Plasmid-DNA lipid nanovaccines: An innovative approach for a better world health

Aurora García-Rendón, Adriana Garibay-Escobar, Roberto Guzmán, Armando Tejeda-Mansir

Resultado de la investigación: Capítulo del libro/informe/acta de congresoCapítulorevisión exhaustiva

5 Citas (Scopus)

Resumen

One of the most important applications of immunology has been the production of various types of vaccines. Currently, new plasmid DNA (pDNA) vaccines are been developed, given rise to more cost-effective and clean production processes. These processes involve the upstream and downstream stages to produce, isolate, and purify the pDNA. The effectiveness of pDNA vaccines against pathogen microorganisms and cancer cells has been demonstrated in clinical assays and in commercial veterinary vaccines. However, low transfection efficiency and brief transgene expression have been attained in some trials. The use of cationic lipid-based nanoparticles to avoid these problems is an alternative approach that has been tested clinically. This chapter provides a summary of the advances and major challenges associated with the fusion of pDNA production technology and nanoparticle delivery technologies to produce pDNA lipid nanovaccines.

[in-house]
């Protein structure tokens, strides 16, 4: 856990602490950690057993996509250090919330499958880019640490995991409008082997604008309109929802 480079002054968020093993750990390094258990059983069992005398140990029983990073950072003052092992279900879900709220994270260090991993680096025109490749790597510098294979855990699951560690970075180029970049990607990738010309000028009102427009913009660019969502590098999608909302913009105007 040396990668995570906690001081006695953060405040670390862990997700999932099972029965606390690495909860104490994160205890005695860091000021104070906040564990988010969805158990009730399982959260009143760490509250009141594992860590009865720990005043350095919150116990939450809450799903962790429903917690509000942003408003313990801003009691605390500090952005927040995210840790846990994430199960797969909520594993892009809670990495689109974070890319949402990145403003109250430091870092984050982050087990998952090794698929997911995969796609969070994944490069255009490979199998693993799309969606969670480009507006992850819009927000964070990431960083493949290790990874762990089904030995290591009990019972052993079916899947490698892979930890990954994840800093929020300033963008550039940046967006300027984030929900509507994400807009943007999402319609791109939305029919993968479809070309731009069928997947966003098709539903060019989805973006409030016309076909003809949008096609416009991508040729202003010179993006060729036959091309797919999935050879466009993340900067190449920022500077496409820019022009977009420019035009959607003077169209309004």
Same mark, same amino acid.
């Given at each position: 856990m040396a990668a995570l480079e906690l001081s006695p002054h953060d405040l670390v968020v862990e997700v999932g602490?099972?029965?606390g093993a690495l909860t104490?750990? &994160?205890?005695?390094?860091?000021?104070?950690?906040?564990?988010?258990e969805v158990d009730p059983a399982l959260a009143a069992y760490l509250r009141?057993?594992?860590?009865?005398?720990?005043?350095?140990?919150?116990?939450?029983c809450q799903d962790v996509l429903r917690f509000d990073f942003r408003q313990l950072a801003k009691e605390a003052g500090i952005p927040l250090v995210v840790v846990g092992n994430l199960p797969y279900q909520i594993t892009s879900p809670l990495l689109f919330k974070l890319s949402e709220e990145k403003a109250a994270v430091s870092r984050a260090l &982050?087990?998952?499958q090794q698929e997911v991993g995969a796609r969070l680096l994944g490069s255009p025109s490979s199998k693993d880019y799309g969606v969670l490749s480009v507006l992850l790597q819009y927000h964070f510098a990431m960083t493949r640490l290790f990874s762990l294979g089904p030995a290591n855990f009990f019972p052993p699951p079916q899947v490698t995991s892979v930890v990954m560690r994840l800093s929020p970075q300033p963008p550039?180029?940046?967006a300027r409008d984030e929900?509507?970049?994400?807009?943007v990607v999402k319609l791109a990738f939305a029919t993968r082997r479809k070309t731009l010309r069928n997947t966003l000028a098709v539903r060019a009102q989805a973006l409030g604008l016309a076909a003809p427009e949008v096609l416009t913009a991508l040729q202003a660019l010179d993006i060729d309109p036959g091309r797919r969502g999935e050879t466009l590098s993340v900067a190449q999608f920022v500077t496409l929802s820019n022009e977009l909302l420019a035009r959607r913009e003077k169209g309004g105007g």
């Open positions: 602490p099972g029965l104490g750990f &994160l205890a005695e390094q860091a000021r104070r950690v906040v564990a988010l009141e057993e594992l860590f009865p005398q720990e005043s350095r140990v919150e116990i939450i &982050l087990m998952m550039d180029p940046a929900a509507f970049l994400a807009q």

Idioma originalInglés
Título de la publicación alojadaLipid Nanocarriers for Drug Targeting
EditorialElsevier
Páginas231-267
Número de páginas37
ISBN (versión digital)9780128136874
ISBN (versión impresa)9780128136881
DOI
EstadoPublicada - 1 ene 2018

Nota bibliográfica

Publisher Copyright:
© 2018 Elsevier Inc. All rights reserved.

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